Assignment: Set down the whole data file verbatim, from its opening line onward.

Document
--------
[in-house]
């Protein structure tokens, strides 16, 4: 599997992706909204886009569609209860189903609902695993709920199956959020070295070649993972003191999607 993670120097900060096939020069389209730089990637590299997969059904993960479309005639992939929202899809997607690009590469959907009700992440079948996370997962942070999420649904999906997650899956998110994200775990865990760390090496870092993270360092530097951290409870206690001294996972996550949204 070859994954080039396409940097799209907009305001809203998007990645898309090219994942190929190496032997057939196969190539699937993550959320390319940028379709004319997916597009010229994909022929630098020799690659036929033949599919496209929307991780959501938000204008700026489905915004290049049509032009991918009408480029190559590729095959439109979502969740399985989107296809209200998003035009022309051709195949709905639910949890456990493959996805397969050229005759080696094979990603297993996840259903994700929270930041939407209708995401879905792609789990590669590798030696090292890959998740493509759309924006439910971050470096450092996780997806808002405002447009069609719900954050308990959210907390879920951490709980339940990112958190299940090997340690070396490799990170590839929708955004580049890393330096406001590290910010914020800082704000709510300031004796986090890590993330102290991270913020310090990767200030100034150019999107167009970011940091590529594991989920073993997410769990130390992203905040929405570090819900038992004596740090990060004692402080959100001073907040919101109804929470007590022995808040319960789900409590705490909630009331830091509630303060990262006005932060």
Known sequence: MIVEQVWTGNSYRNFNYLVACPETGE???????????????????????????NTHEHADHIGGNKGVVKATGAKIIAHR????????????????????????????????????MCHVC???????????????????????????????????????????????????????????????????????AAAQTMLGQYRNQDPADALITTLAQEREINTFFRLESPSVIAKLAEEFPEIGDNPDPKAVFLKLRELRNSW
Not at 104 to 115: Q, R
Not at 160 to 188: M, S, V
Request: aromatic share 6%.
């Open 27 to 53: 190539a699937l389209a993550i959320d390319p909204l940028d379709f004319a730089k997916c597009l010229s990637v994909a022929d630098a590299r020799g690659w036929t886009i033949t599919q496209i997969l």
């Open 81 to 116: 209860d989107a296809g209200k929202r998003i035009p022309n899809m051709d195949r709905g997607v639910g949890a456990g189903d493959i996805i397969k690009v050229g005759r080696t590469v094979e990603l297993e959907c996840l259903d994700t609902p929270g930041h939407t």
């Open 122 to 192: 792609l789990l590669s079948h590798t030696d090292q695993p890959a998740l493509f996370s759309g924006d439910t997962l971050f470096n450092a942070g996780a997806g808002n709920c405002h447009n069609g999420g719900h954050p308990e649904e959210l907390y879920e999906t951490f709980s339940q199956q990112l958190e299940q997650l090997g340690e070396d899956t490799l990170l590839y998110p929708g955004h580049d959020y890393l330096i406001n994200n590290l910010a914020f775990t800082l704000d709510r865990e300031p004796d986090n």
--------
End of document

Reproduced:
[in-house]
């Protein structure tokens, strides 16, 4: 599997992706909204886009569609209860189903609902695993709920199956959020070295070649993972003191999607 993670120097900060096939020069389209730089990637590299997969059904993960479309005639992939929202899809997607690009590469959907009700992440079948996370997962942070999420649904999906997650899956998110994200775990865990760390090496870092993270360092530097951290409870206690001294996972996550949204 070859994954080039396409940097799209907009305001809203998007990645898309090219994942190929190496032997057939196969190539699937993550959320390319940028379709004319997916597009010229994909022929630098020799690659036929033949599919496209929307991780959501938000204008700026489905915004290049049509032009991918009408480029190559590729095959439109979502969740399985989107296809209200998003035009022309051709195949709905639910949890456990493959996805397969050229005759080696094979990603297993996840259903994700929270930041939407209708995401879905792609789990590669590798030696090292890959998740493509759309924006439910971050470096450092996780997806808002405002447009069609719900954050308990959210907390879920951490709980339940990112958190299940090997340690070396490799990170590839929708955004580049890393330096406001590290910010914020800082704000709510300031004796986090890590993330102290991270913020310090990767200030100034150019999107167009970011940091590529594991989920073993997410769990130390992203905040929405570090819900038992004596740090990060004692402080959100001073907040919101109804929470007590022995808040319960789900409590705490909630009331830091509630303060990262006005932060």
Known sequence: MIVEQVWTGNSYRNFNYLVACPETGE???????????????????????????NTHEHADHIGGNKGVVKATGAKIIAHR????????????????????????????????????MCHVC???????????????????????????????????????????????????????????????????????AAAQTMLGQYRNQDPADALITTLAQEREINTFFRLESPSVIAKLAEEFPEIGDNPDPKAVFLKLRELRNSW
Not at 104 to 115: Q, R
Not at 160 to 188: M, S, V
Request: aromatic share 6%.
């Open 27 to 53: 190539a699937l389209a993550i959320d390319p909204l940028d379709f004319a730089k997916c597009l010229s990637v994909a022929d630098a590299r020799g690659w036929t886009i033949t599919q496209i997969l």
């Open 81 to 116: 209860d989107a296809g209200k929202r998003i035009p022309n899809m051709d195949r709905g997607v639910g949890a456990g189903d493959i996805i397969k690009v050229g005759r080696t590469v094979e990603l297993e959907c996840l259903d994700t609902p929270g930041h939407t």
């Open 122 to 192: 792609l789990l590669s079948h590798t030696d090292q695993p890959a998740l493509f996370s759309g924006d439910t997962l971050f470096n450092a942070g996780a997806g808002n709920c405002h447009n069609g999420g719900h954050p308990e649904e959210l907390y879920e999906t951490f709980s339940q199956q990112l958190e299940q997650l090997g340690e070396d899956t490799l990170l590839y998110p929708g955004h580049d959020y890393l330096i406001n994200n590290l910010a914020f775990t800082l704000d709510r865990e300031p004796d986090n």